Chewed Birch Pitch May Reflect Hunter-Gatherers’ Dental Health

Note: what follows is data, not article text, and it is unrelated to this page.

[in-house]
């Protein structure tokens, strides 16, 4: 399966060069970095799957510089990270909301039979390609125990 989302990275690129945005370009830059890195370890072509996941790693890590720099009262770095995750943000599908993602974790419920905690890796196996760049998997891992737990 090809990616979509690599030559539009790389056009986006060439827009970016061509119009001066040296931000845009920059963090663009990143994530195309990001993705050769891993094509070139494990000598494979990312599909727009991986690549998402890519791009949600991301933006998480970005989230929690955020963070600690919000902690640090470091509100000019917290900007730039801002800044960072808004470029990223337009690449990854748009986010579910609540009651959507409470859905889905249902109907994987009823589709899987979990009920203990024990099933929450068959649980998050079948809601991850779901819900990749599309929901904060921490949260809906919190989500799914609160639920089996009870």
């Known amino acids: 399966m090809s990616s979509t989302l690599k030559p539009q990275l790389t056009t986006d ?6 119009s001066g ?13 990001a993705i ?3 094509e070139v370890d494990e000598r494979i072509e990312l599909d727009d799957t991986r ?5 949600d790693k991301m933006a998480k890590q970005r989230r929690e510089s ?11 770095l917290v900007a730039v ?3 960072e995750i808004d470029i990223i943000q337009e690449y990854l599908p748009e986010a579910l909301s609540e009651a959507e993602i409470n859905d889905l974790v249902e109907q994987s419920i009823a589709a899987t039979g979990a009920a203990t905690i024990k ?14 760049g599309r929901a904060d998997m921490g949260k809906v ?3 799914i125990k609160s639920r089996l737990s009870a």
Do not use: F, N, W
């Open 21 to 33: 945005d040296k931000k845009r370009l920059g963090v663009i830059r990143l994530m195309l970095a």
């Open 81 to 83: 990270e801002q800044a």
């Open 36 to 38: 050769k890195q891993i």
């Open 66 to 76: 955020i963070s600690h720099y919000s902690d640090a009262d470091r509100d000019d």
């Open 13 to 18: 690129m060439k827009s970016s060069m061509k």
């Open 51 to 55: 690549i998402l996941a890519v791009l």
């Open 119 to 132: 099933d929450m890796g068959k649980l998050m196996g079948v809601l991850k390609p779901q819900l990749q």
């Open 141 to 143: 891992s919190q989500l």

Contributed by SwedenMersin, Turkey——universe magazine According to the report, a research team led by Emrah Kirdök of the University of Mersin analyzed three 10,000-year-old pieces of birch pitch, a sticky substance made by heating birch bark to form a gel-like substance. The pieces of birch pitch were found at Huseby Klev, a Mesolithic hunter-gatherer site in western Sweden. The researchers compared ancient chewed birch pitch to modern samples, ancient human dental plaque, and samples of chewed tar from 6,000 years ago. They found higher levels of bacteria associated with poor dental health in samples from 10,000 years ago, although chewing birch pitch may have some antiseptic and medicinal properties. Researchers believe that using teeth for grasping, cutting and tearing may have exposed hunter-gatherers to a variety of harmful microorganisms. DNA from hazelnuts, apples, mistletoe, red foxes, gray wolves, mallard ducks, limpets and brown trout were also identified. These materials, in the form of food, fur, and bone tools, may have been chewed before people chewed birch pitch.Read the original academic article about this study scientific report. To learn about the DNA embedded in another piece of chewed birch pitch, visit Around the World: Denmark.

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